INFO: In this TED talk Christoph Keplinger talks about artificial muscles (did you know that likely the first publication on artificial muscle was published in 1880) and shows HASEL (Hydraulically Amplified Self-healing ELectrostatic) actuators that use electricity applied to a conductor to displace insulating liquid.

    7) Publication of the Week - Batiprint3D Project Report (2017)(PDF).
    INFO: This project report contains information on Batiprint3D, a project to create 3D printed house in Nantes, France. Here you can find a BBC article on the topic after the house was constructed. The system is composed of two robots; an articulated robot arm and a guided vehicle. The core of the process developed by Batiprint3D is using polyurethane foam to create a cast for the walls. After the cast is made it is filled with concrete 30 cm (1 foot) at a time. According to the report the robot is using a laser beacon and photosensors for robot localization, achieving 1 mm accuracy in position.


    1) TuSimple (San Diego, CA / Tucson, AZ, US) - Various Positions.
    INFO: TuSimple’s team has assembled the top talent in the industry to deliver the world’s first self-driving truck to market. We covered self-driving trials by TuSimple in Weekly Robotics #40.

    2) Tecnalia (San Sebastian, Spain) - Research Engineer in Vision for Robotics.
    INFO: Tecnalia’s activity is Applied research to solve challenges from our industrial clients, as well as maturing technologies to anticipe the industrial need.

    3) Blue Ocean Robotics (Barcelona, Spain) - Senior Robotics Developer.
    INFO: Blue Ocean Robotics develops, produces and sells professional service robots in healthcare, hospitality, construction, agriculture and other global markets.

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    Welcome to Weekly Robotics Newsletter #40 and thank you for being with us! We are striving for constant improvement and your feedback is highly appreciated! For any suggestions you can send us an e-mail. We are currently working really hard to bring to you a special sub projects that will premiere with issue #42, where all your questions will be answered. In other news: have you seen this dog-off at ICRA 2019?

    1) It’s Not a Bird! But it’s Flying!
    INFO: This YouTube video by CyberCouch shows the process of creating an Ornithopter, a flapping wing flying structure. The video goes through the basics required for a design, flapping mechanisms, motor and component selection and transmission systems. This video linked above ends with the working mechanism. The second episode goes over the design of fuselage, wings and tail. You can find more information on the project and build instructions on instructables.com.

    2) Self-driving trucks begin mail delivery test for U.S. Postal Service.
    INFO: U.S. Postal Service together with a startup TuSimple started a two week test of self-driving trucks that will be used for long distance transport. During the pilot program the trucks are planned to travel 3,380 km (2,100 mi) - 5 round trips between Phoenix and Dallas. Each truck will have a safety driver behind the wheel and an engineer on a passenger seat. For some more insights on TuSimple operations you can check out this article from Tucson Weekly.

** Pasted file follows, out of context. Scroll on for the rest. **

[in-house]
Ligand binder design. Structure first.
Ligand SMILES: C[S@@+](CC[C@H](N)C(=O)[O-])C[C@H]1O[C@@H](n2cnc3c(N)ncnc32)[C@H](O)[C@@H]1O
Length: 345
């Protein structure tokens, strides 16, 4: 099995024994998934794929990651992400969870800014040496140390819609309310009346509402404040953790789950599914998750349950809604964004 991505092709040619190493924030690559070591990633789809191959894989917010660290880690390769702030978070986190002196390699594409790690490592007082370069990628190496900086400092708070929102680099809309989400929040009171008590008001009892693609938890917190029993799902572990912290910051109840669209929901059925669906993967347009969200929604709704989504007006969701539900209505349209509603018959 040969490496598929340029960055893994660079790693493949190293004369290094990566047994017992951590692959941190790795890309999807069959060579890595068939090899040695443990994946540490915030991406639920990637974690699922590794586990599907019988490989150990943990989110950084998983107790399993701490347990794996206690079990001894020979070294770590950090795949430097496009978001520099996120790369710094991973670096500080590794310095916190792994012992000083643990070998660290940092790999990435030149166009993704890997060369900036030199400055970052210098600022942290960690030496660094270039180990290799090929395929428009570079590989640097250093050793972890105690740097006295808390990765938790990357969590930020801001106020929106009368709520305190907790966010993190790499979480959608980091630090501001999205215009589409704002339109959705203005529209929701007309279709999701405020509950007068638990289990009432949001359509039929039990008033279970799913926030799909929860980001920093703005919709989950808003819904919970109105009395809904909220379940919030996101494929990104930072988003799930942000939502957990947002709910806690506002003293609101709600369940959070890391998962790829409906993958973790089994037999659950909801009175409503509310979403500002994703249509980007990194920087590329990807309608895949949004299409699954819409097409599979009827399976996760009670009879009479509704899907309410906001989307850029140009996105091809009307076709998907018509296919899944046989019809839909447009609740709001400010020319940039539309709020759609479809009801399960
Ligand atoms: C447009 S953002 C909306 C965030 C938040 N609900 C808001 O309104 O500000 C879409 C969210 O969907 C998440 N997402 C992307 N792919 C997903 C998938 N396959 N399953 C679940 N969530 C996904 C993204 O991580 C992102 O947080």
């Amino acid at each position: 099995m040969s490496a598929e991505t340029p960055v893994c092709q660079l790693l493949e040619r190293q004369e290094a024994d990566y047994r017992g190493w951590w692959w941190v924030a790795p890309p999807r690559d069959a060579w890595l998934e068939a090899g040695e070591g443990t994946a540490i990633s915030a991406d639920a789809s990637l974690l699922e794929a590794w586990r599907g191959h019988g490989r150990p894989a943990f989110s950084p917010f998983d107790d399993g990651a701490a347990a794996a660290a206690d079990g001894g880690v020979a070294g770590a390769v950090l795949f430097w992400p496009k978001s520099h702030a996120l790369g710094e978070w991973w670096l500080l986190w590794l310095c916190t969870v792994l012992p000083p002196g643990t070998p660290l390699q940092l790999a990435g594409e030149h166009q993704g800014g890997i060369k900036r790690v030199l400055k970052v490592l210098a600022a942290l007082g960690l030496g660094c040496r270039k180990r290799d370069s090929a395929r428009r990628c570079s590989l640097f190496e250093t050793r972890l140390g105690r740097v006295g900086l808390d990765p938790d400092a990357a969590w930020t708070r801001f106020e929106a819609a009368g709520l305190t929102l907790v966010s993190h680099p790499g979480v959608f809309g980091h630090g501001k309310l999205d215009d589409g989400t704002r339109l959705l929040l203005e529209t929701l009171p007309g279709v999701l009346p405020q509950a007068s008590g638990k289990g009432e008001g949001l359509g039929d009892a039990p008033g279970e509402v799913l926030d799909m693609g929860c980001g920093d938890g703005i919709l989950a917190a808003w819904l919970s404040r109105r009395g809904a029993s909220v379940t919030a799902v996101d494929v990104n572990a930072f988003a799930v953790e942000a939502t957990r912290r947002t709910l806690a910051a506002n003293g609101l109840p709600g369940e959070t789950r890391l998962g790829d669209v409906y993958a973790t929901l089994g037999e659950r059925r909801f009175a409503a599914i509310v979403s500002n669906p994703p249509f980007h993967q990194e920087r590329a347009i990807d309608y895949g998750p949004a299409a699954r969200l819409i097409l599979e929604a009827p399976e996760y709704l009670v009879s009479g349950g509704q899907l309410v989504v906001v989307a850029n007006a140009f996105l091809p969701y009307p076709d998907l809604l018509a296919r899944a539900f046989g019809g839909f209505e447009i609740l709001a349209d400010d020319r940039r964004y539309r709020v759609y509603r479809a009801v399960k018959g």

3) LineRanger: A Revolution in Transmission Line Robotics.
    INFO: Big thanks to Ludovic for pointing out this project by Hydro-Québec, we’ve found it to be quite inspiring! This transmission line robot is capable of attaching to power lines and traverse them (including the line crossings). Currently the robot needs to be deployed on the power lines using human assistance.

    4) ROS Indigo Igloo Officially EOL.
    INFO: Indigo Igloo, the first LTS (Long Term Support) distribution,officially reached the end of life (EOL). The distribution was released in July 2014. There were 475 people that contributed to the distribution, averaging 16 commits per author. The remaining LTS ROS distributions are Kinetic (EOL April 2021) and Melodic (EOL May 2021).

    5) How Zipline Became a $1.2 Billion Drone Company.
    Drone Life
    INFO: On the 17th of May Zipline, a drone delivery service company, announced $190M in new financing, bringing the total valuation to $1.2 Billion. Zipline drones can carry 1.75 kg (3.86 lbs) of cargo, cruise at 110 km/h (68 mph / 60 knots) and can cover a round trip range of 160 km (100 mi). Since launching in Rwanda in 2016 Zipline performed over 14,000 deliveries. If you would like to know more about how Zipline operates in Rwanda we found this video from RealEngineering very informative.

    6) UC Berkeley’s “Hyper-Aggressive Pogo-Stick” Robot Now Works Outdoors.
    INFO: We mentioned Salto 1-P back in Weekly Robotics #9. The new update to the robot removes the need for the motion capture system and can be controlled using a joystick. Currently the system uses dead reckoning for position estimation.

    7) Publication of the Week - Behavior Trees in Robotics and AI: An Introduction (2018).
    INFO: Behaviour Trees Behaviour can serve as an alternative to Finite State Machine and be used for complex task planning in Robotics. The above contains a pre-print version of the CRC Press Book. If you would like to start implementing BehaviourTrees in your systems then you might want to take a look at BehaviourTree.CPP (featured in Weekly Robotics #17).

    1) YDLIDAR X2 - ROS review and Cartographer setup.
    INFO: In this blog post Mat, the author of Weekly Robotics, reviews YDLIDAR X2 - an $89 360 degree LiDAR with 7Hz update rate. The post shows the LiDAR working with Cartographer and points to the repository with full implementation of Mat’s solution.


    1) Franka Emika (Munich, Germany) - Various Positions.
    INFO: Franka Emika is a dynamic company that develops robotics technology for everyone, with a goal to overcome one of the biggest challenges of the modern society, relieving an entire generation of tedious, potentially dangerous, vastly time-consuming, and monotonous labor.

    2) National Robotics Engineering Center (Pittsburgh, PA, US) - Various Positions.
    INFO: NREC develops and matures robotics technologies and solutions from concept to commercialization. Our unique expertise places us at the forefront of unmanned ground vehicle design, autonomy, sensing and perception, machine learning, machine vision, operator assistance, 3D mapping and position estimation.